In addition, a central submission platform has been set up. It is anticipated that only new submissions would need to submit via the platform. Organisations that have already submitted assessments or filings may continue to contact their designated case officer.

Practical Next Steps

  1. Reconsider your Legitimising Route or whether an Exempted Transfer applies, by:
    • Checking internally whether your organisation has been informed by any authorities that it is designated as a CIIO, or if it processes important data (per the official list to be released in due course).
    • Identifying any provincial (e.g. Greater Bay Area Standard Contract, or Free Trade Zone rules that may be published etc.) nuances or exceptions to the CBDT requirements that may apply to your organisation.
    • Identifying whether your organisation’s CBDTs qualify as an Exempted Transfer. If so, this volume of data may be carved out from the overall volume calculation.
    • Classify your data to map out the categories of non-sensitive personal data and sensitive personal data.
    • Calculating in parallel the relevant volume of non-sensitive personal data and sensitive personal data being transferred overseas, and thereafter, identify the applicable Legitimising Route.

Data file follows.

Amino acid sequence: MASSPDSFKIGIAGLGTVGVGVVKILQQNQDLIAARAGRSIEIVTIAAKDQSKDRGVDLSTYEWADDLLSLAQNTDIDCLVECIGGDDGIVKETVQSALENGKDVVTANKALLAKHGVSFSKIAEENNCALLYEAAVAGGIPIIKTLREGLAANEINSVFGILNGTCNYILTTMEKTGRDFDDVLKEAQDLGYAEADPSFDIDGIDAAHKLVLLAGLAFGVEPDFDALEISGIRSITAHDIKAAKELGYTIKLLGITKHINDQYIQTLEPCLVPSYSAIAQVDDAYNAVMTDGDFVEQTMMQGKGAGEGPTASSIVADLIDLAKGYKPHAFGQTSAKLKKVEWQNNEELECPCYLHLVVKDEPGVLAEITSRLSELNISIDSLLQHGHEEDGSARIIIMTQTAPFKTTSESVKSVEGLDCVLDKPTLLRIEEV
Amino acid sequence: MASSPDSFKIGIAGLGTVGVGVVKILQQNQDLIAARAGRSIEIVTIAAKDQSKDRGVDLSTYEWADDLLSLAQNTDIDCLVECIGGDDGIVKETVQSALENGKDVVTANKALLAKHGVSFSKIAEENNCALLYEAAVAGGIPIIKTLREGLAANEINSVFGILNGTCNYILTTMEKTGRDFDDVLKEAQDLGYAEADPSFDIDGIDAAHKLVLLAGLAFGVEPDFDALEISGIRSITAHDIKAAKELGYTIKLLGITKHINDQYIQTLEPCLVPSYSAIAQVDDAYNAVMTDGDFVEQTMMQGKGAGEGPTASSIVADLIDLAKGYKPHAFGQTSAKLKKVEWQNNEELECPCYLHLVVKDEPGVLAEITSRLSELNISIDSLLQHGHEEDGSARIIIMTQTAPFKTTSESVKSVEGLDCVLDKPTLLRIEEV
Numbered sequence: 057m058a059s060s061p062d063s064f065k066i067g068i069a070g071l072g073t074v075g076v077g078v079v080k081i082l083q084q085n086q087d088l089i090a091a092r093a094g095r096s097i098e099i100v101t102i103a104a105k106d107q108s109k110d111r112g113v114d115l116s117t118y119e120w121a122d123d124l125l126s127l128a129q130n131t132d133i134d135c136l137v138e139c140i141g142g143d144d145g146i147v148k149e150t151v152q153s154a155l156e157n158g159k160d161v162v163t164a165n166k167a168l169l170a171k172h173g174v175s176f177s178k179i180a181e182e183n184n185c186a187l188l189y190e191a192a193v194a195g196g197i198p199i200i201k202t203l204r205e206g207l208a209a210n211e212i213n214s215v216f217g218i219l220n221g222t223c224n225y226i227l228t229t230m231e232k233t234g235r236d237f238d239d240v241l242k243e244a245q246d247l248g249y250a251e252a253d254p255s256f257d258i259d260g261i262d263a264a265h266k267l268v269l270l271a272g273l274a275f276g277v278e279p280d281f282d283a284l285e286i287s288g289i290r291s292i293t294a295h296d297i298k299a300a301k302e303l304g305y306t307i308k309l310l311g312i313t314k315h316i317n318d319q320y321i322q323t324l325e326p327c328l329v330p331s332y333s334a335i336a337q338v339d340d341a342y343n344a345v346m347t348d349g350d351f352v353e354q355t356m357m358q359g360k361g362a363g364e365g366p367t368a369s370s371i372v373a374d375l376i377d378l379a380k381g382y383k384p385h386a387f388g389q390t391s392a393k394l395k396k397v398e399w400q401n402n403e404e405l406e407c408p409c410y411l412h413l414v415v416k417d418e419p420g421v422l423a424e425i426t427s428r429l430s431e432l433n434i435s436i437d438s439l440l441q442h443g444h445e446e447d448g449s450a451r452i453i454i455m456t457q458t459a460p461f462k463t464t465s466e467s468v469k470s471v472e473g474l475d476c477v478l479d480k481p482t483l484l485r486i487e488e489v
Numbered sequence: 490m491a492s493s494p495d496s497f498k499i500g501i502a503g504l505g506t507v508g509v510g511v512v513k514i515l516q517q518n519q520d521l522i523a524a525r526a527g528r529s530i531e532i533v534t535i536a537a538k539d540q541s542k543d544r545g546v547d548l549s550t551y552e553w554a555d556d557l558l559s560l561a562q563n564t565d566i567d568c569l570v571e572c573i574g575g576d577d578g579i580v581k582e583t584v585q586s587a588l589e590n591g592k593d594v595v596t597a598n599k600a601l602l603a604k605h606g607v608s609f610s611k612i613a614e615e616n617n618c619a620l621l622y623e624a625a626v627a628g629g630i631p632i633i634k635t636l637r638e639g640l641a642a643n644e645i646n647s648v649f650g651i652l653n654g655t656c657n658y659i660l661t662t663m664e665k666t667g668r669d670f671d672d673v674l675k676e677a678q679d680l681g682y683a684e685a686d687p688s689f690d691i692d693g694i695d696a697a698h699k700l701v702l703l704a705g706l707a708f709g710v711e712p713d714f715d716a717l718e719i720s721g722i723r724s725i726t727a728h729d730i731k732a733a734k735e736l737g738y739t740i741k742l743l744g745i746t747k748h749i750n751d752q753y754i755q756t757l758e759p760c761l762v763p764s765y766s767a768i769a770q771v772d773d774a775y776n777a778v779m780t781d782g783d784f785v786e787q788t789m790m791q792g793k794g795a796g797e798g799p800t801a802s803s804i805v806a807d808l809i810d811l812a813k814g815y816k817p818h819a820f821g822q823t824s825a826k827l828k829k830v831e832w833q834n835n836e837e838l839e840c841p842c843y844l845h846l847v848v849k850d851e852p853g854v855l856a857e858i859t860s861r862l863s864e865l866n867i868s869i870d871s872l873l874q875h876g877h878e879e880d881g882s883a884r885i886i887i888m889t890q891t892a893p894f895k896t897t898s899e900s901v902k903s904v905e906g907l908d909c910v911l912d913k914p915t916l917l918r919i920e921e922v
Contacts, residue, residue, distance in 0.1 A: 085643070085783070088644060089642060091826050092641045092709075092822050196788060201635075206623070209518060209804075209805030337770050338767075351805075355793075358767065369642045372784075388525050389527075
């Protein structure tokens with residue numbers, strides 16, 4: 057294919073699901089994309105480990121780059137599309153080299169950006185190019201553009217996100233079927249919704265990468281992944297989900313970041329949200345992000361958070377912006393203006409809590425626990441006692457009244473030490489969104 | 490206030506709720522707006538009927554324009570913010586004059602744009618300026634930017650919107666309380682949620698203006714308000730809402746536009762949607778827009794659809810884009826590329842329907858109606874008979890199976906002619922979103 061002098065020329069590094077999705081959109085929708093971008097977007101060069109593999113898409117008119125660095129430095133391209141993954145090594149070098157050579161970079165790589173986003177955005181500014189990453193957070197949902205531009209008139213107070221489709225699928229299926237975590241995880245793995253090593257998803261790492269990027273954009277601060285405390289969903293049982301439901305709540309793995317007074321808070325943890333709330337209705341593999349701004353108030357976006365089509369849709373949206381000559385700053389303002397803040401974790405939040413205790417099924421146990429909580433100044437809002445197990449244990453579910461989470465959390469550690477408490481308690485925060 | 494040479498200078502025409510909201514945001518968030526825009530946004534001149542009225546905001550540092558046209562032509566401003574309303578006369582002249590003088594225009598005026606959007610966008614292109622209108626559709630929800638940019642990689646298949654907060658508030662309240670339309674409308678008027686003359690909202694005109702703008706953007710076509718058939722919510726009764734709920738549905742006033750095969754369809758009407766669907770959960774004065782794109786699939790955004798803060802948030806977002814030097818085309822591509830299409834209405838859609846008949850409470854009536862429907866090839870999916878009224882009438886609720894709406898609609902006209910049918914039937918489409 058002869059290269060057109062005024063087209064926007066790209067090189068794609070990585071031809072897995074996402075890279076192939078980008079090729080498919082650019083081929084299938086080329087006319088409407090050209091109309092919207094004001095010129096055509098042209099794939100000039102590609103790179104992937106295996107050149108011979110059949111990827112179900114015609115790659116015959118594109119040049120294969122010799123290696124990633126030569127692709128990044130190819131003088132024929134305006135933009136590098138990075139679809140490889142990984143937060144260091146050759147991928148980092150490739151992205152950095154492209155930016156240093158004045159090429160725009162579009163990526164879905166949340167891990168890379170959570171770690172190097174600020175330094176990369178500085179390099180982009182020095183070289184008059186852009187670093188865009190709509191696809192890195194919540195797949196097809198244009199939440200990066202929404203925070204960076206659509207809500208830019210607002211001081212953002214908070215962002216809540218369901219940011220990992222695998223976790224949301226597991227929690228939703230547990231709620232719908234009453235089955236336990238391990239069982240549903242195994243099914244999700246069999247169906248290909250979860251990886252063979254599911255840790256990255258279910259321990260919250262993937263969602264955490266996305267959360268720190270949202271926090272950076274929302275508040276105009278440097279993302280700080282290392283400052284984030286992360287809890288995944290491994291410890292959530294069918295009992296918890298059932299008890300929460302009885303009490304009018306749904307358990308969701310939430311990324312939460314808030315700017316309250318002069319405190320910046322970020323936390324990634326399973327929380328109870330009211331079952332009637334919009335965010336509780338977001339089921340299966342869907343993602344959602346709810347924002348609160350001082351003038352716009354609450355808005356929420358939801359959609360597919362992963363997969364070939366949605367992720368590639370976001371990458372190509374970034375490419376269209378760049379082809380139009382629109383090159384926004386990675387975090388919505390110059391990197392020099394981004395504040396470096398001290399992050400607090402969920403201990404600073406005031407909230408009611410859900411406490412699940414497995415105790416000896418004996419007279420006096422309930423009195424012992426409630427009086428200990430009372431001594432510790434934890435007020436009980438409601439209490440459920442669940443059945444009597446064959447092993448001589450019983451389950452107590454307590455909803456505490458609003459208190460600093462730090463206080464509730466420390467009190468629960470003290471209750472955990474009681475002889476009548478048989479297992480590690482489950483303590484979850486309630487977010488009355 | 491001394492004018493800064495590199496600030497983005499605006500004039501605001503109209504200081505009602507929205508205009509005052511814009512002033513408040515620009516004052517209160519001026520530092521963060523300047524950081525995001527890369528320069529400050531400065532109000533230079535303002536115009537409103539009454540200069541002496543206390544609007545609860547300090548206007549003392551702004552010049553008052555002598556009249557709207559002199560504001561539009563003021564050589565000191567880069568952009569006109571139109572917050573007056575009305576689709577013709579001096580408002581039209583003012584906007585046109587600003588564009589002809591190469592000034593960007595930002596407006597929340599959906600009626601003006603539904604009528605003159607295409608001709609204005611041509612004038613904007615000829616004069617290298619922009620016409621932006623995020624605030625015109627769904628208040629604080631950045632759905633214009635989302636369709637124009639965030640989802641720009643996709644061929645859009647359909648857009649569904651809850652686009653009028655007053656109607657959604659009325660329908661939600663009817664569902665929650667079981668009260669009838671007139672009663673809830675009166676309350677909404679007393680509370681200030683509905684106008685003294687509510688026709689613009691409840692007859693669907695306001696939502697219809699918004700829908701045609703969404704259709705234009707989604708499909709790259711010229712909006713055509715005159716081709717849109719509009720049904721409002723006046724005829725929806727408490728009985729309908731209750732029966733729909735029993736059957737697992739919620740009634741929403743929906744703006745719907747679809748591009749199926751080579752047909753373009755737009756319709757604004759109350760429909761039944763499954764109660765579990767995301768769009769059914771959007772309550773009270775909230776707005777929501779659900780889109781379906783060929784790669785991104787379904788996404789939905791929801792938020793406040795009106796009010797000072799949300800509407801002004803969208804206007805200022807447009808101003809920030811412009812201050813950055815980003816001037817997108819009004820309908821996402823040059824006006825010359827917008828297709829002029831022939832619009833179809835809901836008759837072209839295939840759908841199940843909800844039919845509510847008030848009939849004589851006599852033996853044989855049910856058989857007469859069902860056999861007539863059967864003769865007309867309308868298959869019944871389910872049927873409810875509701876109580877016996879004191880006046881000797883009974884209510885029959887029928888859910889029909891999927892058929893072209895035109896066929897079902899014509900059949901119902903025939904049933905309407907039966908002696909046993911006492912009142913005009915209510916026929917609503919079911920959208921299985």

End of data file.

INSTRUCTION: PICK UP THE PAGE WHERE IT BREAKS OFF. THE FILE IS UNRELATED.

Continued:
2. Organisations which have yet to make any submissions to the CAC should now consider internally whether they fall within any of the Exempted Transfers and those that cannot, or can only partially rely on the Exempted Transfers should determine whether it is transferring sensitive personal data, and if so, the necessity of doing so as this would impact the route chosen for legitmising CBDTs.
  3. For organisations whose submission (whether CAC security assessment or SCCs filings) is already with the CAC for review, it is recommended to consider getting in touch with your relevant designated case officer to understand the status of the assessment or filing and whether it may be withdrawn if the Exempted Transfers conditions are met.

Please contact Carolyn Bigg (, Amanda Ge (, or Venus Cheung ( if you would like to discuss what these latest developments mean for your organisation.